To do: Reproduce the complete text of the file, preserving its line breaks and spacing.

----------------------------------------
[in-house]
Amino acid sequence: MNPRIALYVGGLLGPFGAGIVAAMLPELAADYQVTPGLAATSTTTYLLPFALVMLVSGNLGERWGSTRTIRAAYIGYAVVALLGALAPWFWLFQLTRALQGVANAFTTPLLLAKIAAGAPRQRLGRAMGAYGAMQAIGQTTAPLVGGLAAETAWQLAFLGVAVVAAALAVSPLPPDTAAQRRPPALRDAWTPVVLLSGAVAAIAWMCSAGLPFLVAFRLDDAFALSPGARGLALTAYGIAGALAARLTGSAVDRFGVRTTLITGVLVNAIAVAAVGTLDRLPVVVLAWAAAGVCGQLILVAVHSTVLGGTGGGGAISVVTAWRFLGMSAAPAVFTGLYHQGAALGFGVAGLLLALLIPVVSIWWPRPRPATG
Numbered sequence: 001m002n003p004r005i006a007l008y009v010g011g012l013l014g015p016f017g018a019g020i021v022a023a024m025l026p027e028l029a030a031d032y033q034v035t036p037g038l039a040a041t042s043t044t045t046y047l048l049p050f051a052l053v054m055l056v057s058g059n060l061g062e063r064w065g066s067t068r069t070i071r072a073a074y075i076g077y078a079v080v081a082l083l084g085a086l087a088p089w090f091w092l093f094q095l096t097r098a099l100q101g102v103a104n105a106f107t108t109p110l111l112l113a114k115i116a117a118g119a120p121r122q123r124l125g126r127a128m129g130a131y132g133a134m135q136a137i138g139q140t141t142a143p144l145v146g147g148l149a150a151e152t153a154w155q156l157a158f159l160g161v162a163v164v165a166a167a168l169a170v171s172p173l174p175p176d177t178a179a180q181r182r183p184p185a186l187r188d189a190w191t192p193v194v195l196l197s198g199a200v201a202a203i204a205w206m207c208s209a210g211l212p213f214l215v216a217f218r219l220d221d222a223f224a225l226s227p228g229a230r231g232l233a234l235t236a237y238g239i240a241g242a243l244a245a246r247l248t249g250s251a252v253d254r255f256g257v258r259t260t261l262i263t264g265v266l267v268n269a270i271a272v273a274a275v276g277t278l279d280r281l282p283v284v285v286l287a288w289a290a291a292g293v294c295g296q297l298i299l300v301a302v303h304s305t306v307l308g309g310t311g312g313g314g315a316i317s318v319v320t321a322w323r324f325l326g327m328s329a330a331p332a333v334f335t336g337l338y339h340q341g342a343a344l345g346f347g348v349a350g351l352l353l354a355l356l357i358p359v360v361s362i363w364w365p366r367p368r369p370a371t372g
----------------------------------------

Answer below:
[in-house]
Amino acid sequence: MNPRIALYVGGLLGPFGAGIVAAMLPELAADYQVTPGLAATSTTTYLLPFALVMLVSGNLGERWGSTRTIRAAYIGYAVVALLGALAPWFWLFQLTRALQGVANAFTTPLLLAKIAAGAPRQRLGRAMGAYGAMQAIGQTTAPLVGGLAAETAWQLAFLGVAVVAAALAVSPLPPDTAAQRRPPALRDAWTPVVLLSGAVAAIAWMCSAGLPFLVAFRLDDAFALSPGARGLALTAYGIAGALAARLTGSAVDRFGVRTTLITGVLVNAIAVAAVGTLDRLPVVVLAWAAAGVCGQLILVAVHSTVLGGTGGGGAISVVTAWRFLGMSAAPAVFTGLYHQGAALGFGVAGLLLALLIPVVSIWWPRPRPATG
Numbered sequence: 001m002n003p004r005i006a007l008y009v010g011g012l013l014g015p016f017g018a019g020i021v022a023a024m025l026p027e028l029a030a031d032y033q034v035t036p037g038l039a040a041t042s043t044t045t046y047l048l049p050f051a052l053v054m055l056v057s058g059n060l061g062e063r064w065g066s067t068r069t070i071r072a073a074y075i076g077y078a079v080v081a082l083l084g085a086l087a088p089w090f091w092l093f094q095l096t097r098a099l100q101g102v103a104n105a106f107t108t109p110l111l112l113a114k115i116a117a118g119a120p121r122q123r124l125g126r127a128m129g130a131y132g133a134m135q136a137i138g139q140t141t142a143p144l145v146g147g148l149a150a151e152t153a154w155q156l157a158f159l160g161v162a163v164v165a166a167a168l169a170v171s172p173l174p175p176d177t178a179a180q181r182r183p184p185a186l187r188d189a190w191t192p193v194v195l196l197s198g199a200v201a202a203i204a205w206m207c208s209a210g211l212p213f214l215v216a217f218r219l220d221d222a223f224a225l226s227p228g229a230r231g232l233a234l235t236a237y238g239i240a241g242a243l244a245a246r247l248t249g250s251a252v253d254r255f256g257v258r259t260t261l262i263t264g265v266l267v268n269a270i271a272v273a274a275v276g277t278l279d280r281l282p283v284v285v286l287a288w289a290a291a292g293v294c295g296q297l298i299l300v301a302v303h304s305t306v307l308g309g310t311g312g313g314g315a316i317s318v319v320t321a322w323r324f325l326g327m328s329a330a331p332a333v334f335t336g337l338y339h340q341g342a343a344l345g346f347g348v349a350g351l352l353l354a355l356l357i358p359v360v361s362i363w364w365p366r367p368r369p370a371t372g